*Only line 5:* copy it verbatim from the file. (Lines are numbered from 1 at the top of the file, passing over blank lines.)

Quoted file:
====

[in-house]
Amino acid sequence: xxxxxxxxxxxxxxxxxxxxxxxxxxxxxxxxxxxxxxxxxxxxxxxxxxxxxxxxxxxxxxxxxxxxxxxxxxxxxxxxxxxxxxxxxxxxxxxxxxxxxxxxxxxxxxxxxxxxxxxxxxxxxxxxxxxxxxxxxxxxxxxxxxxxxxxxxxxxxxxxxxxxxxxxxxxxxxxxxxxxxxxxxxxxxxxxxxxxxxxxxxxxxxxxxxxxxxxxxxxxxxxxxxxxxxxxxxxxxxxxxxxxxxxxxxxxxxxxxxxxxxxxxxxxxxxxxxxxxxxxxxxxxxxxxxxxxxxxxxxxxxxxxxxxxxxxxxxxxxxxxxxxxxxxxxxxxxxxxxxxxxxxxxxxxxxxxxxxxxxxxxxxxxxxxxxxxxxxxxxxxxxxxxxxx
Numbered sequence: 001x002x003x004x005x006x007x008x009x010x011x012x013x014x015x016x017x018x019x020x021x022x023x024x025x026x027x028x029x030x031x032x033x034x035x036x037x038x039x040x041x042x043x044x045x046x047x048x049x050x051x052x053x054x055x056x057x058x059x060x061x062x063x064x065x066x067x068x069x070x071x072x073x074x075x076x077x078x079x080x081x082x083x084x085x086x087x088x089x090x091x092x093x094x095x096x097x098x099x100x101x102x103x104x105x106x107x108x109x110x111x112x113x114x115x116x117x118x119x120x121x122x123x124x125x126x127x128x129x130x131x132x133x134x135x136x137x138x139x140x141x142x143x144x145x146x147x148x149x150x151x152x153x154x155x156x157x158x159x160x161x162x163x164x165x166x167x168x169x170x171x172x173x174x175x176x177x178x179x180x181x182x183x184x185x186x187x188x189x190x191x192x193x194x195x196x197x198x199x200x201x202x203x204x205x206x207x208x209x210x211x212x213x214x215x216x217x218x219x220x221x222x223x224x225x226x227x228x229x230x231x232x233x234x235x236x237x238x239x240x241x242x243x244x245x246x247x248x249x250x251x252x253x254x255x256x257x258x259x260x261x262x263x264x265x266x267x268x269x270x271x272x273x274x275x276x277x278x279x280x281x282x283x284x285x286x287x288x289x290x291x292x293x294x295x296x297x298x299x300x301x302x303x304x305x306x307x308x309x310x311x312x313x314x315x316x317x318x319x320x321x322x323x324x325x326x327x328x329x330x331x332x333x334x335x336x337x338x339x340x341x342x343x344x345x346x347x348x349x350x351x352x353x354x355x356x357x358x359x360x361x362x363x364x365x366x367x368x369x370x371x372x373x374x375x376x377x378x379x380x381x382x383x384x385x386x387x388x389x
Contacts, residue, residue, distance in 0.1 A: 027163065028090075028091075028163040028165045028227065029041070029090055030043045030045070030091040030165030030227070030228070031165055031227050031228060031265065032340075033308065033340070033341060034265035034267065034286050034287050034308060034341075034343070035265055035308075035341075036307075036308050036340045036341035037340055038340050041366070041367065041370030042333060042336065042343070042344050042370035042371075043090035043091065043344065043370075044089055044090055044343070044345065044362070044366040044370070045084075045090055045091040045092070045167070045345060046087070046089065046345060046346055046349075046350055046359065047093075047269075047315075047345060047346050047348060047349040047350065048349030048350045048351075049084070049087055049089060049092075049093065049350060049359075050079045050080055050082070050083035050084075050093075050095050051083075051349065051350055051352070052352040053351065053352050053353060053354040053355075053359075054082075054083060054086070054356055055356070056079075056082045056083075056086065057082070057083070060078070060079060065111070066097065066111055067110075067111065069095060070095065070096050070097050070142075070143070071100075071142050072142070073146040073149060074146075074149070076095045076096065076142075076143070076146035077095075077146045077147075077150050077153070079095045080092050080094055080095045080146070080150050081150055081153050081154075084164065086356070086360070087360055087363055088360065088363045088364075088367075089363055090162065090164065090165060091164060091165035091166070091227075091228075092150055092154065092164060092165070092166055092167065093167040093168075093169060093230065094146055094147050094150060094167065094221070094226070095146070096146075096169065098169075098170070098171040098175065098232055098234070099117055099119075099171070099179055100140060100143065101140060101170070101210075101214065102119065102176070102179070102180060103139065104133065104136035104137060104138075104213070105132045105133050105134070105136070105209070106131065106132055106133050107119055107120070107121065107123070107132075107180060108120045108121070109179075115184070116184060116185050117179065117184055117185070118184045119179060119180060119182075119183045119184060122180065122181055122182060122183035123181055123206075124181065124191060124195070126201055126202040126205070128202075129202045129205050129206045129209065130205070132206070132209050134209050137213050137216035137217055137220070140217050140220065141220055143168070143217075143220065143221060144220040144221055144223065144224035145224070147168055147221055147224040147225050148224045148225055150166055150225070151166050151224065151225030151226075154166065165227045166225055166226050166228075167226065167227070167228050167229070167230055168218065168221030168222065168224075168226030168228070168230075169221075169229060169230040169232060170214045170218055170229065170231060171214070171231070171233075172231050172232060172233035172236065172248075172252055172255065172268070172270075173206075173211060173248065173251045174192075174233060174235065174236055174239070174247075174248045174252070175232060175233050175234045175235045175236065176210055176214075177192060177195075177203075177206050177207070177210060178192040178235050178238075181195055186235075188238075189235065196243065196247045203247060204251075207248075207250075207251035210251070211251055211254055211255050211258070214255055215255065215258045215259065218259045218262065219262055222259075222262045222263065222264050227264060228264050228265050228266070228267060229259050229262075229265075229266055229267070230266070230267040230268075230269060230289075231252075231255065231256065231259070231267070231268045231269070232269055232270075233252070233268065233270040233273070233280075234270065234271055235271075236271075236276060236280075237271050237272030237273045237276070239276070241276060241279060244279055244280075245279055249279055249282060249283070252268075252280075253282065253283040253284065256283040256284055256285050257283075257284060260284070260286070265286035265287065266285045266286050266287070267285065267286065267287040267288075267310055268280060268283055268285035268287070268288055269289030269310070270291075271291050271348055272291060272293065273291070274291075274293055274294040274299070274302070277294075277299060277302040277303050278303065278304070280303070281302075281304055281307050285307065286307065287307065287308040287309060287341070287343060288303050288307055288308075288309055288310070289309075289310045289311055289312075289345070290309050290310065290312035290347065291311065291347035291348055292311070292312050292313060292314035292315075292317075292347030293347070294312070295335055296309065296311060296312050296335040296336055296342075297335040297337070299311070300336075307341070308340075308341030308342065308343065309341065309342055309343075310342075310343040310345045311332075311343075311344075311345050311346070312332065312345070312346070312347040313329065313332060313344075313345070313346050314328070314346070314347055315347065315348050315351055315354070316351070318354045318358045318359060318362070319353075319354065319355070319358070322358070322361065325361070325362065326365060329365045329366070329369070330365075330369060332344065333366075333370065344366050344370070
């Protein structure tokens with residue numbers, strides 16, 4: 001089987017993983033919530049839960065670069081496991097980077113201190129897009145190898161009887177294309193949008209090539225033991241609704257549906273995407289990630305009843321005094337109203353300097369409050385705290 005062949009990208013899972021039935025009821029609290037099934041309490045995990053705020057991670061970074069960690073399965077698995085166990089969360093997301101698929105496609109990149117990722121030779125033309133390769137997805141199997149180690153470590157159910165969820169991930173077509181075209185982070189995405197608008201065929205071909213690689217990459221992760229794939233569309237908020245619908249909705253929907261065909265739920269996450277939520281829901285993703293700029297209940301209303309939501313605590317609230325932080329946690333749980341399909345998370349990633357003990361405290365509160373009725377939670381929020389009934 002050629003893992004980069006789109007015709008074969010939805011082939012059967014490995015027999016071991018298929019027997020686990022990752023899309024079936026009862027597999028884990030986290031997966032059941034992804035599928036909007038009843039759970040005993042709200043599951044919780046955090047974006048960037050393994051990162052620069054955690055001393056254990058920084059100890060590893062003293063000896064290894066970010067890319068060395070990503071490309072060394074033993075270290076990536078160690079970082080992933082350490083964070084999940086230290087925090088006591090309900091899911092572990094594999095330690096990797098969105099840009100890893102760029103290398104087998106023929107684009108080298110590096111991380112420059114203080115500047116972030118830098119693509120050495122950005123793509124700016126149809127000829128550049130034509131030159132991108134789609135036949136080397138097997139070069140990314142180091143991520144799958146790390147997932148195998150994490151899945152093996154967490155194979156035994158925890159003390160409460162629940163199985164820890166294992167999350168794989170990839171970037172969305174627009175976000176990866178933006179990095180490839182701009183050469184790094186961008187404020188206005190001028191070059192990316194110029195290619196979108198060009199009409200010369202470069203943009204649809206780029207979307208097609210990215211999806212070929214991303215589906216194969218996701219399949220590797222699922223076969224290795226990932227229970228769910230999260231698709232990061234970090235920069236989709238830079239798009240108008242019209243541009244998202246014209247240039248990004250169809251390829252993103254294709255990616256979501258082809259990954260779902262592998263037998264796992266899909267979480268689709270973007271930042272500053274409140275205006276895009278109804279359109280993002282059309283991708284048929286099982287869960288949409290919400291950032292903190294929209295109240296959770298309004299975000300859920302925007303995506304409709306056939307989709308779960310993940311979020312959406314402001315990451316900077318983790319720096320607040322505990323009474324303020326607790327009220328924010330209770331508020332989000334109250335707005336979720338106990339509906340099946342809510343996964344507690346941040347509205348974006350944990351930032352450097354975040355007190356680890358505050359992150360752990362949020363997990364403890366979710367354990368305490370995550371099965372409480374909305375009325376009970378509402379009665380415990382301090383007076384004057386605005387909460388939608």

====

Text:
């Protein structure tokens with residue numbers, strides 16, 4: 001089987017993983033919530049839960065670069081496991097980077113201190129897009145190898161009887177294309193949008209090539225033991241609704257549906273995407289990630305009843321005094337109203353300097369409050385705290 005062949009990208013899972021039935025009821029609290037099934041309490045995990053705020057991670061970074069960690073399965077698995085166990089969360093997301101698929105496609109990149117990722121030779125033309133390769137997805141199997149180690153470590157159910165969820169991930173077509181075209185982070189995405197608008201065929205071909213690689217990459221992760229794939233569309237908020245619908249909705253929907261065909265739920269996450277939520281829901285993703293700029297209940301209303309939501313605590317609230325932080329946690333749980341399909345998370349990633357003990361405290365509160373009725377939670381929020389009934 002050629003893992004980069006789109007015709008074969010939805011082939012059967014490995015027999016071991018298929019027997020686990022990752023899309024079936026009862027597999028884990030986290031997966032059941034992804035599928036909007038009843039759970040005993042709200043599951044919780046955090047974006048960037050393994051990162052620069054955690055001393056254990058920084059100890060590893062003293063000896064290894066970010067890319068060395070990503071490309072060394074033993075270290076990536078160690079970082080992933082350490083964070084999940086230290087925090088006591090309900091899911092572990094594999095330690096990797098969105099840009100890893102760029103290398104087998106023929107684009108080298110590096111991380112420059114203080115500047116972030118830098119693509120050495122950005123793509124700016126149809127000829128550049130034509131030159132991108134789609135036949136080397138097997139070069140990314142180091143991520144799958146790390147997932148195998150994490151899945152093996154967490155194979156035994158925890159003390160409460162629940163199985164820890166294992167999350168794989170990839171970037172969305174627009175976000176990866178933006179990095180490839182701009183050469184790094186961008187404020188206005190001028191070059192990316194110029195290619196979108198060009199009409200010369202470069203943009204649809206780029207979307208097609210990215211999806212070929214991303215589906216194969218996701219399949220590797222699922223076969224290795226990932227229970228769910230999260231698709232990061234970090235920069236989709238830079239798009240108008242019209243541009244998202246014209247240039248990004250169809251390829252993103254294709255990616256979501258082809259990954260779902262592998263037998264796992266899909267979480268689709270973007271930042272500053274409140275205006276895009278109804279359109280993002282059309283991708284048929286099982287869960288949409290919400291950032292903190294929209295109240296959770298309004299975000300859920302925007303995506304409709306056939307989709308779960310993940311979020312959406314402001315990451316900077318983790319720096320607040322505990323009474324303020326607790327009220328924010330209770331508020332989000334109250335707005336979720338106990339509906340099946342809510343996964344507690346941040347509205348974006350944990351930032352450097354975040355007190356680890358505050359992150360752990362949020363997990364403890366979710367354990368305490370995550371099965372409480374909305375009325376009970378509402379009665380415990382301090383007076384004057386605005387909460388939608």